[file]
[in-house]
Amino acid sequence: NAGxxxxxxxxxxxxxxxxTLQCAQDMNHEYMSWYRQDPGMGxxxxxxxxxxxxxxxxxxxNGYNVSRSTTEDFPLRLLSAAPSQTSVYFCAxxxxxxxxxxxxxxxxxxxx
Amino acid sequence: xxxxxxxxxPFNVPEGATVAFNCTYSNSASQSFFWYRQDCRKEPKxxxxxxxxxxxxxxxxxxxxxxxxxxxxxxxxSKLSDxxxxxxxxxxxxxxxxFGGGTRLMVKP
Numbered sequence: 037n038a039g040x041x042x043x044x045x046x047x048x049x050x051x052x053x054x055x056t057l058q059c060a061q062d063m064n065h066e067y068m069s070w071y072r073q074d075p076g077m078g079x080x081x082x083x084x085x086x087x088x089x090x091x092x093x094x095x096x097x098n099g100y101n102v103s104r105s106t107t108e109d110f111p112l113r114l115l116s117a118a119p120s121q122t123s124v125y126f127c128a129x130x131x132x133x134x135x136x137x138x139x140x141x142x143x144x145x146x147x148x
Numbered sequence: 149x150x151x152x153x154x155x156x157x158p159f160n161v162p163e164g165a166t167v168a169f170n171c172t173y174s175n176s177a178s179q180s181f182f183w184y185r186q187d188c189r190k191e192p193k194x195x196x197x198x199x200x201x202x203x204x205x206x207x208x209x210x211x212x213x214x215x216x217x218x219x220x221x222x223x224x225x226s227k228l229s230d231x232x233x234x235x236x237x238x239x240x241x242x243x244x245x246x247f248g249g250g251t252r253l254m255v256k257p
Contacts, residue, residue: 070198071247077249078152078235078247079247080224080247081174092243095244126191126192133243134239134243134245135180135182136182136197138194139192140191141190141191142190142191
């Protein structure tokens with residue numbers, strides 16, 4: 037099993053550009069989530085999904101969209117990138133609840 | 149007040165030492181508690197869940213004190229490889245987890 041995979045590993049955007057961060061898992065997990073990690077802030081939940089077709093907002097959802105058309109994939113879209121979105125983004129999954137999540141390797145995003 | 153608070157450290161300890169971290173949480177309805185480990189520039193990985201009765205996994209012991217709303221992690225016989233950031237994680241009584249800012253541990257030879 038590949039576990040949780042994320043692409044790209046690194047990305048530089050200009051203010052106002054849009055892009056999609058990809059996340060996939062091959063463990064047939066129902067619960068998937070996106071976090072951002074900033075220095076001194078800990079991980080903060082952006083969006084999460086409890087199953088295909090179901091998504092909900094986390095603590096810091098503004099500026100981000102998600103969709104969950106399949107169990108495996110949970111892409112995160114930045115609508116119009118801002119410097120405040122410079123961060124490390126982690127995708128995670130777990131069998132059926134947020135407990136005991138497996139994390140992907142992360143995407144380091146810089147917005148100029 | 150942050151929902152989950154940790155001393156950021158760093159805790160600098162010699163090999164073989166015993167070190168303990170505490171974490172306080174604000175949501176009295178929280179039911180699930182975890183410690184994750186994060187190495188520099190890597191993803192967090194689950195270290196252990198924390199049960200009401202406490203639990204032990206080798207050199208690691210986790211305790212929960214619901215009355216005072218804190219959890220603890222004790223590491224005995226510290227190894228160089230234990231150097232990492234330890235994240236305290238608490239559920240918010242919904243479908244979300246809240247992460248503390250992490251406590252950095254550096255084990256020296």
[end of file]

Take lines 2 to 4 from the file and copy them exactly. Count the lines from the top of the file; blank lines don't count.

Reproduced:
Amino acid sequence: NAGxxxxxxxxxxxxxxxxTLQCAQDMNHEYMSWYRQDPGMGxxxxxxxxxxxxxxxxxxxNGYNVSRSTTEDFPLRLLSAAPSQTSVYFCAxxxxxxxxxxxxxxxxxxxx
Amino acid sequence: xxxxxxxxxPFNVPEGATVAFNCTYSNSASQSFFWYRQDCRKEPKxxxxxxxxxxxxxxxxxxxxxxxxxxxxxxxxSKLSDxxxxxxxxxxxxxxxxFGGGTRLMVKP
Numbered sequence: 037n038a039g040x041x042x043x044x045x046x047x048x049x050x051x052x053x054x055x056t057l058q059c060a061q062d063m064n065h066e067y068m069s070w071y072r073q074d075p076g077m078g079x080x081x082x083x084x085x086x087x088x089x090x091x092x093x094x095x096x097x098n099g100y101n102v103s104r105s106t107t108e109d110f111p112l113r114l115l116s117a118a119p120s121q122t123s124v125y126f127c128a129x130x131x132x133x134x135x136x137x138x139x140x141x142x143x144x145x146x147x148x